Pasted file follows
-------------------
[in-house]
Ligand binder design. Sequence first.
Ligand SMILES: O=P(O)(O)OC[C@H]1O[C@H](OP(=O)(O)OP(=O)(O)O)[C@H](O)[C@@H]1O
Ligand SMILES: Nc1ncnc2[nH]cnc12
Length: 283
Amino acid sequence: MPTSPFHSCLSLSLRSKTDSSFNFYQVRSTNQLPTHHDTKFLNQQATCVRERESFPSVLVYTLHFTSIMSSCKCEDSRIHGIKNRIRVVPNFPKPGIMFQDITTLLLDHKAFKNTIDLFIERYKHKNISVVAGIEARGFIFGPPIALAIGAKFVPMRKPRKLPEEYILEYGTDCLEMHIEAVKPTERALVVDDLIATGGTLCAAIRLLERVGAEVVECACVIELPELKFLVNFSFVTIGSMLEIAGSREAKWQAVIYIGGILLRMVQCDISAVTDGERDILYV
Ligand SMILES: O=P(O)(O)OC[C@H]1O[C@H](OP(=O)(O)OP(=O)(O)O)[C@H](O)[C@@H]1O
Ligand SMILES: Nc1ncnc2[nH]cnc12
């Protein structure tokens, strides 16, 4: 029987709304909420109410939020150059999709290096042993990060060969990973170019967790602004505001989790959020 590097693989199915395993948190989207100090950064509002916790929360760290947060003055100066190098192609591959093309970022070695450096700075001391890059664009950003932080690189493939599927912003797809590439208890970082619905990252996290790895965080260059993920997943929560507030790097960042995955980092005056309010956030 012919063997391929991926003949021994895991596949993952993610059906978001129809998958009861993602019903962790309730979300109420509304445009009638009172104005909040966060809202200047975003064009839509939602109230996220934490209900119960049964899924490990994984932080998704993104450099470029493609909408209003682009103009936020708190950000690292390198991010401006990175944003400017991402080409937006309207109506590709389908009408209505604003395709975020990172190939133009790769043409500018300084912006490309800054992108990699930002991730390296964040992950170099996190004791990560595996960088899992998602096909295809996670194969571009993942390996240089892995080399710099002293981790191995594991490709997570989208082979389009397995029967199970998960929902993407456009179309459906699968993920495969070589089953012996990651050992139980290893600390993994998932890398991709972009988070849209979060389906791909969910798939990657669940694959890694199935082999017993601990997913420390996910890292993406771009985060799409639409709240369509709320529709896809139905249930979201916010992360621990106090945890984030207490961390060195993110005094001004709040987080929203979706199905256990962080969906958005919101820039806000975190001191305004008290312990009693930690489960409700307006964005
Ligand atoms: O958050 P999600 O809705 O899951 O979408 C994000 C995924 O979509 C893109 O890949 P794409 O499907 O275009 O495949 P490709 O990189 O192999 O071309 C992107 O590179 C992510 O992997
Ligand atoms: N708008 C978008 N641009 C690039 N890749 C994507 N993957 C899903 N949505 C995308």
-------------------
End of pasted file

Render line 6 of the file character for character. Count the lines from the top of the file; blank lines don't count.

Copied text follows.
Amino acid sequence: MPTSPFHSCLSLSLRSKTDSSFNFYQVRSTNQLPTHHDTKFLNQQATCVRERESFPSVLVYTLHFTSIMSSCKCEDSRIHGIKNRIRVVPNFPKPGIMFQDITTLLLDHKAFKNTIDLFIERYKHKNISVVAGIEARGFIFGPPIALAIGAKFVPMRKPRKLPEEYILEYGTDCLEMHIEAVKPTERALVVDDLIATGGTLCAAIRLLERVGAEVVECACVIELPELKFLVNFSFVTIGSMLEIAGSREAKWQAVIYIGGILLRMVQCDISAVTDGERDILYV